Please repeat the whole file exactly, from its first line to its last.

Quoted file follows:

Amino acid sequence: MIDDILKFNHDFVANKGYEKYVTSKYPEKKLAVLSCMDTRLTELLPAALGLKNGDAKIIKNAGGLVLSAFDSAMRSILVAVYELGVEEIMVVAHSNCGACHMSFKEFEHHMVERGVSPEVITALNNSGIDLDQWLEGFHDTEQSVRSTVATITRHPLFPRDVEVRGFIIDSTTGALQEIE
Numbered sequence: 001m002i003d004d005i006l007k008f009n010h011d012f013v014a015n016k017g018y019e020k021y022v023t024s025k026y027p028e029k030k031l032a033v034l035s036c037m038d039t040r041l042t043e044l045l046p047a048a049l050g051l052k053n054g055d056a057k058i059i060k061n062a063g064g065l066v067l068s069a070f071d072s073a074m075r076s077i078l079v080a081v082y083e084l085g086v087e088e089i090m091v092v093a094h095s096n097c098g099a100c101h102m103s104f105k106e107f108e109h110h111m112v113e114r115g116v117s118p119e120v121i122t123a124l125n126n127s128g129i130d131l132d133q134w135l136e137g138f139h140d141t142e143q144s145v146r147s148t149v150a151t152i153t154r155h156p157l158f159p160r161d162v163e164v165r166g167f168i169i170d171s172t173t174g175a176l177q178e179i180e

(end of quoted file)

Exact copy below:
Amino acid sequence: MIDDILKFNHDFVANKGYEKYVTSKYPEKKLAVLSCMDTRLTELLPAALGLKNGDAKIIKNAGGLVLSAFDSAMRSILVAVYELGVEEIMVVAHSNCGACHMSFKEFEHHMVERGVSPEVITALNNSGIDLDQWLEGFHDTEQSVRSTVATITRHPLFPRDVEVRGFIIDSTTGALQEIE
Numbered sequence: 001m002i003d004d005i006l007k008f009n010h011d012f013v014a015n016k017g018y019e020k021y022v023t024s025k026y027p028e029k030k031l032a033v034l035s036c037m038d039t040r041l042t043e044l045l046p047a048a049l050g051l052k053n054g055d056a057k058i059i060k061n062a063g064g065l066v067l068s069a070f071d072s073a074m075r076s077i078l079v080a081v082y083e084l085g086v087e088e089i090m091v092v093a094h095s096n097c098g099a100c101h102m103s104f105k106e107f108e109h110h111m112v113e114r115g116v117s118p119e120v121i122t123a124l125n126n127s128g129i130d131l132d133q134w135l136e137g138f139h140d141t142e143q144s145v146r147s148t149v150a151t152i153t154r155h156p157l158f159p160r161d162v163e164v165r166g167f168i169i170d171s172t173t174g175a176l177q178e179i180e